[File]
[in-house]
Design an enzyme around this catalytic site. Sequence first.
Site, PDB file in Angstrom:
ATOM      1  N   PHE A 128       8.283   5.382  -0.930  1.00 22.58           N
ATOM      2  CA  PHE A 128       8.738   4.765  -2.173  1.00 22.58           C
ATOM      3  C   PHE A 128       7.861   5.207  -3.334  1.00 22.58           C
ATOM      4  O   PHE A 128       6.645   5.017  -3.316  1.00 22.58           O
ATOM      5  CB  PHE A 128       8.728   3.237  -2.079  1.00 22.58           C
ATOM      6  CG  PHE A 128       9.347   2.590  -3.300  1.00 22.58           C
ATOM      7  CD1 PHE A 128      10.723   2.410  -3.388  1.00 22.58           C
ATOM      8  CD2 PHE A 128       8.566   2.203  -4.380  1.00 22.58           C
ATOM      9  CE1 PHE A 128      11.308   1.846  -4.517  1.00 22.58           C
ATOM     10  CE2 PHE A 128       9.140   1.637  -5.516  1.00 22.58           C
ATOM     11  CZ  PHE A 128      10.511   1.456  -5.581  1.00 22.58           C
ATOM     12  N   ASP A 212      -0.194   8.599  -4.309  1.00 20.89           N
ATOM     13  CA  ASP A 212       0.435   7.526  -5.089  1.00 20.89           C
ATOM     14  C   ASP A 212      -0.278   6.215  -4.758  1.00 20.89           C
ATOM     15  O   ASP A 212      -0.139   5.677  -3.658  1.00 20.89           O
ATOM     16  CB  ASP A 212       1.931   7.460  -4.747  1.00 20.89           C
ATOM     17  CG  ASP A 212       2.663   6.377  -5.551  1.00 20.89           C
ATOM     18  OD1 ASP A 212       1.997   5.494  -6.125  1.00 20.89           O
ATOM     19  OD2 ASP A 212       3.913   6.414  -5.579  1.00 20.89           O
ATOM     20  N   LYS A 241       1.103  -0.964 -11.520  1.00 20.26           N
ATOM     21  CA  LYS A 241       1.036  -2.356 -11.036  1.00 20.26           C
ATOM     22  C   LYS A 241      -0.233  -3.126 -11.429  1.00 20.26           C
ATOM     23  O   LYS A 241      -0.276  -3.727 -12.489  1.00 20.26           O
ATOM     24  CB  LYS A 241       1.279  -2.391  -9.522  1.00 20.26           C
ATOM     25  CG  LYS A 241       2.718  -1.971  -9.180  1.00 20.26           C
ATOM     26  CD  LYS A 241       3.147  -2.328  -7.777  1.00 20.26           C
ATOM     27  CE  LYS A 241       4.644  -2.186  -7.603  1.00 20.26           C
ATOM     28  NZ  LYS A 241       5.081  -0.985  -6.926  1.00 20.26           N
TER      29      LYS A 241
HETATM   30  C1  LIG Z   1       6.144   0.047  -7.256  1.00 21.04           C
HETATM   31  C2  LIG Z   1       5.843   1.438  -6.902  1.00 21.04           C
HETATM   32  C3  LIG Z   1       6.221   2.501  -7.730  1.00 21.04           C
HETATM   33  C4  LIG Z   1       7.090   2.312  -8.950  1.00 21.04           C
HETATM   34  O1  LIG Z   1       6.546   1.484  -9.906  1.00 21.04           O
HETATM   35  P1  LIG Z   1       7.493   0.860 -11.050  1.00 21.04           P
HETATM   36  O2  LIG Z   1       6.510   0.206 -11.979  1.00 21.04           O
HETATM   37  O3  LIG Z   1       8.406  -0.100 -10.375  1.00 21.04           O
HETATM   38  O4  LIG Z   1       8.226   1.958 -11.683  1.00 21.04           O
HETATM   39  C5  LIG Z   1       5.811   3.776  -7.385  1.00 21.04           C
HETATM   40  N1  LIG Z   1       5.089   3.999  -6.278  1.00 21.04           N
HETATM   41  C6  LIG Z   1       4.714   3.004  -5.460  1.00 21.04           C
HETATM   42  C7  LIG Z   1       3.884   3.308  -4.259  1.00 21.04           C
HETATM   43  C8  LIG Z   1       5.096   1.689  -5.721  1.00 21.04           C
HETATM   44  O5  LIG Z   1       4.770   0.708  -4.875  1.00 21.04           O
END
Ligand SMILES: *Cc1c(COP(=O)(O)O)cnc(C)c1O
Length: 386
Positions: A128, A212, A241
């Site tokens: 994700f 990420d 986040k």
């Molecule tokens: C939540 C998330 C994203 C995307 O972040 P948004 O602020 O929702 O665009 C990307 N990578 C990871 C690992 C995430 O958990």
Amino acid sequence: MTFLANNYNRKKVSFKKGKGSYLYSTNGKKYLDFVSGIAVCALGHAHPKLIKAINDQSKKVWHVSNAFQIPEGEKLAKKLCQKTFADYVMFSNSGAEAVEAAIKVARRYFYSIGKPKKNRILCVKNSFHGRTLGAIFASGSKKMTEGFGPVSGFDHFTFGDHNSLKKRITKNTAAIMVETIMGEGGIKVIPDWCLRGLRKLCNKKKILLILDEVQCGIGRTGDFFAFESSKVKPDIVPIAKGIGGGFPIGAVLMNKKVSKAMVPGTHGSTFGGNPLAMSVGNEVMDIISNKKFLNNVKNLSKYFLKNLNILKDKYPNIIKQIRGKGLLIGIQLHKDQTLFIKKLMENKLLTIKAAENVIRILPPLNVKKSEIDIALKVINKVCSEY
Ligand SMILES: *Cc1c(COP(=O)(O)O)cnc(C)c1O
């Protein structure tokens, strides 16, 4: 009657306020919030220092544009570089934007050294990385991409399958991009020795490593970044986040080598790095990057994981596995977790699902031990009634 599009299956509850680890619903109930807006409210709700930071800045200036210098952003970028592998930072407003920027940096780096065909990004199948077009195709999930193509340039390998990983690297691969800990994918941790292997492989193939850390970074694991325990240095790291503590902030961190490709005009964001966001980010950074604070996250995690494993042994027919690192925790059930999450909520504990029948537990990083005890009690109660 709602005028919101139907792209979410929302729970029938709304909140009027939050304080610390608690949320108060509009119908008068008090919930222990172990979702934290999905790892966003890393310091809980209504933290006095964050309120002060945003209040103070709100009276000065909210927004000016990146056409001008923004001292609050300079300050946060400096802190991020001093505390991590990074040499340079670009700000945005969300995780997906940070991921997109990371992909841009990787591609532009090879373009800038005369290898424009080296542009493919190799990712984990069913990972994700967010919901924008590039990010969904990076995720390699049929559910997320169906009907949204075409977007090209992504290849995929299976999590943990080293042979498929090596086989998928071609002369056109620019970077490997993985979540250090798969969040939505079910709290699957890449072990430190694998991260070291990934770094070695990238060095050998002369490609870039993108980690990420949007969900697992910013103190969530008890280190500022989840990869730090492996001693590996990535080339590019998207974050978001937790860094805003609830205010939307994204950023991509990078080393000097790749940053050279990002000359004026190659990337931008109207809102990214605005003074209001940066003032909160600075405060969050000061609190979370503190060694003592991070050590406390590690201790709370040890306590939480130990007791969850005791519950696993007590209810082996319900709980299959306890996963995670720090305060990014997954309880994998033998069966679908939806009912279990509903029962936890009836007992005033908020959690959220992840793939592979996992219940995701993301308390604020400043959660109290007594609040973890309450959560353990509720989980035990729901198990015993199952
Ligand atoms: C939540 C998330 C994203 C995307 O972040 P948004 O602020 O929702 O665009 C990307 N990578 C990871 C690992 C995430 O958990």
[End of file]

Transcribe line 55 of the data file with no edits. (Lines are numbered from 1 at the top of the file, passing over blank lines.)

Ligand SMILES: *Cc1c(COP(=O)(O)O)cnc(C)c1O